Write: What James Baldwin means to you?

I’m Not Your Negro is a profound documentary and I don’t use that word lightly. The experience of this film will be diverse. What you feel depends on who you are; where you come from; and the closeness of Baldwin’s words to your lived experience.  There also needs to be a willingness to see the world; particularly the Western world; anew.

With support and access given by Baldwin’s family Raoul Peck worked on a documentary for several years. However, Peck hadn’t found a structure until Baldwin’s sister Gloria gave him 30 pages of letters called “Notes Toward Remember this House”.  With this gift, Peck finally visualize the form of I’m Not Your Negro.


‘A book that was never written! That’s the story.  And what characters! Medgar Evers, Malcolm X and Martin Luther Kings Jr.’  Raoul Peck

For his ambitious documentary, Peck combined Baldwin’s unfinished book with video archives music and cinema clips placing Baldwin’s thinking in the context of today.  I’m Not Your Negro is dense. The words sounds and imagines constantly stimulate and provoke at times with great intensity that has the potential to overwhelm the viewer.

Reading James Baldwin can be intense; indeed at times overwhelming. It is the poetry of his words; the rhythm; the tone; and the weighty truth of his articulation on the page. One may need to stop and give space for his observations; his ideas; and the social and political confrontations they provoke to soak in your consciousness. When watching I’m Not Your Negro one does not get the opportunity to stop  Hard words, eloquent sounds, stunning imagines and complex ideas they incite keep coming. Minute by minute; I’m Not Your Negro is a relentless march; a carnival of veracity and truth.

Peck uses The Fire Next Time  Baldwin’s 1963 book of letters about racial injustice and he uses Notes to a Native Son Baldwin’s 1955 collection of essays about the early Civil Rights Era.  Less is Baldwin’s 1953 novel Go Tell it on the Mountain that featured the developing homosexuality of his main protagonist or Baldwin’s seminal 1956 novel Giovanni’s Room his most directly homoerotic work or where Baldwin explored homosexual interracial relationships in 1962 novel Another Country and  his 1978 novel Just Above My Head .

‘We had to make choices to cut …  If it’s too complicated, people can’t follow … When you want to say too much, people can’t hear.’  Alexandra Strauss,  Editor – I’m Not Your Negro

This film is not autobiography but rather a reflection on the legacies of three civil rights leaders. Given the heterosexuality of these men and the movement in which they fought, perhaps it couldn’t be expected that Peck would delve deeply into Baldwin as a Queer writer. The film maker and his editor chose to include Baldwin’s 1968 appearance on the Dick Cavett Show where he responds to the presenter’s question “why aren’t the Negros optimistic {about the future}.”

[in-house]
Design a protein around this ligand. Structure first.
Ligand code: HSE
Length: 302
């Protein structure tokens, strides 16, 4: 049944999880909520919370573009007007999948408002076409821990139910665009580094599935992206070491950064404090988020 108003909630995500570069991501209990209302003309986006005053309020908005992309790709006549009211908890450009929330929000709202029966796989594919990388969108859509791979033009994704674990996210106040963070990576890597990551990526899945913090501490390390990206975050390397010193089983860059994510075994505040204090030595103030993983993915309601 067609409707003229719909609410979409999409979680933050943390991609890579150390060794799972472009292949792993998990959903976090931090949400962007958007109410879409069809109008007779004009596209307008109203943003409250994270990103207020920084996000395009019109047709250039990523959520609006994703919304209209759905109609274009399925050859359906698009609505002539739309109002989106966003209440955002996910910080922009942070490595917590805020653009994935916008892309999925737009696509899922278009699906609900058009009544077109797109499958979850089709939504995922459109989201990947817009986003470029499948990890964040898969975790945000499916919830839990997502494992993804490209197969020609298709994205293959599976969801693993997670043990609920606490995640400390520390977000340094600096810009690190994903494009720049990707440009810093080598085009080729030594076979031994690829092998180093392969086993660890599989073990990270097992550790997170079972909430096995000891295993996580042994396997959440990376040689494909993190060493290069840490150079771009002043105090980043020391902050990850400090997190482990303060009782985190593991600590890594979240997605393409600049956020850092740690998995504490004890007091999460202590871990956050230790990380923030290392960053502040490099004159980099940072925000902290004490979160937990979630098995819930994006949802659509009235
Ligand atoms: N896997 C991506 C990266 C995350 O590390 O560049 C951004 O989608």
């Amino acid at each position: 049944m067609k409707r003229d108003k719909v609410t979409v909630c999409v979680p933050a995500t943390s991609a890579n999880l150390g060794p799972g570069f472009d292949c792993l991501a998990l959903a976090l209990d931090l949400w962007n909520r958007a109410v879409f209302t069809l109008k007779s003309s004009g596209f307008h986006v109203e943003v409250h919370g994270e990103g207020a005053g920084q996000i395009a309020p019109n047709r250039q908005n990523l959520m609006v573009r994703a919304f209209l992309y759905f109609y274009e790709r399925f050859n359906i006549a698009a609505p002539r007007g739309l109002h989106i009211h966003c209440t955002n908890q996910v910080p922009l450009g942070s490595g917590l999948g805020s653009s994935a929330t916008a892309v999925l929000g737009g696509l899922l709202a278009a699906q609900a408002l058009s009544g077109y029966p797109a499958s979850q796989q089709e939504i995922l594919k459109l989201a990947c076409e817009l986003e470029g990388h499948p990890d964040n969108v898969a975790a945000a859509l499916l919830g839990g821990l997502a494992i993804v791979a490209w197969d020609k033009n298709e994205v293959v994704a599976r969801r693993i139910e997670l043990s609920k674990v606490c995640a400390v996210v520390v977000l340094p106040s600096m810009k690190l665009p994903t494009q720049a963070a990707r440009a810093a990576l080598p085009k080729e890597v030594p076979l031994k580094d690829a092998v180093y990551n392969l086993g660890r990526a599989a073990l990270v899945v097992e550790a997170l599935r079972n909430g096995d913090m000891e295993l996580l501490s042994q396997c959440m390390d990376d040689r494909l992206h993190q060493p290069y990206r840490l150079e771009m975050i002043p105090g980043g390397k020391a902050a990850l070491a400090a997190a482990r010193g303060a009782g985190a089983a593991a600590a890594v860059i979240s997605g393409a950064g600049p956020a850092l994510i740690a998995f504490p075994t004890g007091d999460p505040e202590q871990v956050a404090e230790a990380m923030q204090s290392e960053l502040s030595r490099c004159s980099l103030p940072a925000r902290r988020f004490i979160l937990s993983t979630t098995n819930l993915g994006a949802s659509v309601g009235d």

tumblr_mdpghhwgns1ql2tteo2_r1_250Baldwin instinctual and typically eloquent response interrogates the presenter’s need (and that of white people more generally) for the Negro to make an act of faith on an American idealism which they assure him exist but which he asserts he had never seen. Baldwin says “risking myself; my wife; and my children” and declares his affiliation loyalty and allegiance to the Negro community.  Baldwin does not identify let alone emphasize his Queer identity.

While Pecks work does not emphasize Baldwin’s Queerness it must be said that Baldwin did not sacrifice any of his identities for another. In his critical analysis of the United States and the Western world more widely his Queerness compelled him to include it all (race/class/sexuality) particularly in his literary expression and in his later life in his interviews. And I say Queerness because Baldwin believed that the focus on rigid categories was just a way of limiting freedom; that human sexuality is more fluid and less binary than often expressed.

James Baldwin talked about non-binary and intersectional identities in the 1950s and 60s before these concepts had names.

In our efforts in Reclaiming Jimmy, BlackOut assert a truth as we recognise the limited public engagement with Baldwin’s queerness by Peck and other high profile people who are now urging the public to Know Your Baldwin. We Know Our Baldwin and we know that Baldwin pinckney_1-112510was not only unapologetically Black, he was also unapologetically Queer. We vigorously assert this truth because who we are as Black people – as Black Queer people; our public presence; and the universally recognized validity of our existence is particularly fragile in a world dominated by tyrannical politicians who ignore facts and instill fear. During BlackOut  #ReclaimingJimmy Season we invite and urge you to to contribute to a Blog that evidences your experience of James Baldwin; how you experience his stories and ideas as Black gay men. What does James Baldwin mean to you?


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